The ‘Törggele’ time lasts from October to the Advent period. It involves a walk up to a mountain farmstead called a ‘Buschenschank’ to taste the new wine and savour regional fare such as barley soup, boiled pork, Knödel dumplings and to finish, pastries and roasted chestnuts.
Mountain mine experience
The darkness of the galleries and the light flickering from their torches characterised the lives of the miners. For centuries miners toiled here to extract copper, lead, zinc and silver. Their villages grew up above ground and developed their very own way of life and culture. In the Monteneve mine near Vipiteno/Sterzing, Europe’s highest, they worked at elevations exceeding 6,600 ft/2,000 m. Today South Tyrol’s ‘underworld’ can be explored in safety, wearing a helmet and head lamp. The main street of Lasa/Laas in the Val Venosta/Vinschgau valley is paved in white. The much coveted Lasa marble is still mined today. It is regarded as the most weather-resistant white marble in the world. In the Lasa valley experienced hikers can enjoy the intricate route taken by the marble itself, leading from the quarry to the factory. more...
Marble is much more than simply a stone. It is a beautiful, natural wonder which has remained hidden under the earth’s surface for centuries. In contrast to other marbles, Lasa marble is particularly resistant to frost and other adverse weather conditions.more
Monasteries and convents
The Novacella/Neustift Canons Regular monastery
When Hartmann the Bishop of Bressanone/Brixen decided to build a monastery here it was an inhospitable, marshy place. Hartmann thought of the travellers passing through Tyrol who would be glad of finding lodgings, and the industrious monks who immediately planted the hillsides with vineyards. Today the monastery is still run by Augustinian Canons Regular, the vineyards are Italy’s northernmost and their wines – mainly white – are regularly showered with awards. The library contains magnificent historical manuscripts and 365 putti ‘live’ in the basilica. Apparently no two are alike. more...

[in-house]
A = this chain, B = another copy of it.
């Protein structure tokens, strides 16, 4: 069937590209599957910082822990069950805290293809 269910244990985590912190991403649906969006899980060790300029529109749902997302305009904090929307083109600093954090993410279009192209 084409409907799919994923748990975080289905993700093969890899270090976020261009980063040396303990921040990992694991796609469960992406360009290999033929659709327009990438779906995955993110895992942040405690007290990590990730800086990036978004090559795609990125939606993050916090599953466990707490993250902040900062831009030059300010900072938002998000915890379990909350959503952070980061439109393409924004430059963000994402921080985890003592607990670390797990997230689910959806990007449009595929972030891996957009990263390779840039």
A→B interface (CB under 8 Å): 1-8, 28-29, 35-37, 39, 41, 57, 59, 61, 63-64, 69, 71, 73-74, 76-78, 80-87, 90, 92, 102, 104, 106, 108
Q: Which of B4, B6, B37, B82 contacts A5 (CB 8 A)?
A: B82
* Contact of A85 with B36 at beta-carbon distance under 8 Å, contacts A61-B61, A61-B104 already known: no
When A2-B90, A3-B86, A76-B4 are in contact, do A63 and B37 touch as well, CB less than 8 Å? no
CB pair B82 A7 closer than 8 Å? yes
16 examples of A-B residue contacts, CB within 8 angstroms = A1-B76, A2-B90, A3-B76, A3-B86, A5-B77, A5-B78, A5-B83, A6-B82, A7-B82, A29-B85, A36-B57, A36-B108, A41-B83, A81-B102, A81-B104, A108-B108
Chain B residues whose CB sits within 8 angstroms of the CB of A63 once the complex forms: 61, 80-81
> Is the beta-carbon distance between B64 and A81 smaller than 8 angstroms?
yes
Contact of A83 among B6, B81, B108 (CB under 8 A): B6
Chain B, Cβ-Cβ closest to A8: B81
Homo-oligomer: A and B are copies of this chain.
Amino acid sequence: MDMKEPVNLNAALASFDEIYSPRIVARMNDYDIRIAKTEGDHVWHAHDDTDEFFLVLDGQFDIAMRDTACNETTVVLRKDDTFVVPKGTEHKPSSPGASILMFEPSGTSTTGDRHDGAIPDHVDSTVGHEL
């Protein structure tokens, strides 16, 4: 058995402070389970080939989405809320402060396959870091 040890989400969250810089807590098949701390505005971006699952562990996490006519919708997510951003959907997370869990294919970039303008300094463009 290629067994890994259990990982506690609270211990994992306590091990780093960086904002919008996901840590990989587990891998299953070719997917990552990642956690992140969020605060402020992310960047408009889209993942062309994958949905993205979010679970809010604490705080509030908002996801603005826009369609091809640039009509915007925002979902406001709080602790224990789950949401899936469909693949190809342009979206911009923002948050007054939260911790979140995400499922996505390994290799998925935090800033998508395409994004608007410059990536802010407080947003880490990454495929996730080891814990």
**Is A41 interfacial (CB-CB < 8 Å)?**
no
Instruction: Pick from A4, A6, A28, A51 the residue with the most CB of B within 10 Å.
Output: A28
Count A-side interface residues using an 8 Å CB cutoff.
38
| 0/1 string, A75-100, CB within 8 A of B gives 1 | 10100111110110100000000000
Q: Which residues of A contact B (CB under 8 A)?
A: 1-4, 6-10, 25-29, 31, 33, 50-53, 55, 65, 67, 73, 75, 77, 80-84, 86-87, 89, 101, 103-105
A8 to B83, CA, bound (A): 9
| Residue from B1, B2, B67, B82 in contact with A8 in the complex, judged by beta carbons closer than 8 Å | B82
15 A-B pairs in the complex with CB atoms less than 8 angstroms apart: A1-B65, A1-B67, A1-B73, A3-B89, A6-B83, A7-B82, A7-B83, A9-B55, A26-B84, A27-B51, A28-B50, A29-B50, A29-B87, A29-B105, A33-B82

From monastery to monastery
It is called the hours trail leading between the monastery of St Johann/Müstair (a UNESCO World Heritage monastery) and the Monte Maria/Marienberg. It is the perfect place to forget the routine of everyday life, and immerse yourself in the culture and spirituality of the upper Val Venosta/Vinschgau valley.
Around 1300: Count Meinhard II and ther Bischop of Chur jostle for power in Val Venosta/Vinschgau. The Count conferred market rights on Glorenza, thereby depriving the Bishop’s market in Müstair of traders. The plan of turning Glorenza into a flourishing trading town did not bear fruit: the new trail through the Eisack Gorge made Brenner a more attractive alternative route across the Alps. It is now the smallest town in the Alps. Glorenza retains its historical character and is an art-architectural gem. It is enclosed by a perfectly preserved wall built in the 16th century with old streets, burgher houses and pretty arcaded walkways. more...
South Tyrol’s towns
South Tyrol enjoys a profile as a winegrowing region far out of proportion to its size. The wines also receive far more than their fair share of awards. 98.8 percent of the vineyard area is protected by strict DOC regulations. The white wines have proved especially successful internationally. The alternation between hot days and cool nights imbues them with strong, fruity aromas and mouth-watering acidity. Wine has been growing here for 2,500 years and were Augustus Caesar’s favourite tipple. Lagrein, Vernatsch and Gewürztraminer are authentic South Tyrolean varieties and have been documented here since the Middle Ages. more...
Caldaro/Kaltern – South Tyrol’s best-known wine village
Discover the history of wine and of courtyards, wine estate manor houses, squares and names on a saunter around the village, Visit wein.kaltern for information, recommended wine estates and cellars, and restaurants.Wein.kaltern
Ötzi – the man from the glacier
Blue eyes, dark hair, 5 ¼ feet/1.6 metres tall, muscular: a description of Ötzi when he was murdered 5,300 years ago and was immediately consumed by the Similaun glacier. It happened in spring or early summer and it probably snowed shortly afterwards. The body was freeze-dried and the glacier mummy became hermetically sealed. Since his discovery in 1991 research on Ötzi has been running at full steam. His new home is an air conditioned cell in the South Tyrolean Archaeological Museum in Bolzano/Bozen where he is preserved behind armoured glass at minus 6 degrees centigrade. His clothes, weapons and tools provide insight into everyday life in the Alps in the pre-Bronze Age. more...
Ötzi‘s favourite dishes
On request catering establishments in the Val Senales/Schnalstal are delighted to create dishes using ingredients which Ötzi would have been familiar with and appreciated: stinging nettle soup, a corn fry-up, lentil salad.Restaurants with Ötzi dishes on the menu
Dolomites UNESCO World Heritage
When the Dolomites were still nameless they were called the ‘pale mountains’, for they are more pallid than the surrounding peaks. In 1788 scientists discovered that the rocks consisted of limestone containing magnesium: they emerged as fossilised algae and coral from the warm Tethys ocean. They were named after the geologist Déodat de Dolomieu and soon became popular and their legends famous. Since 2009 they have been protected as a UNESCO World Heritage site. more...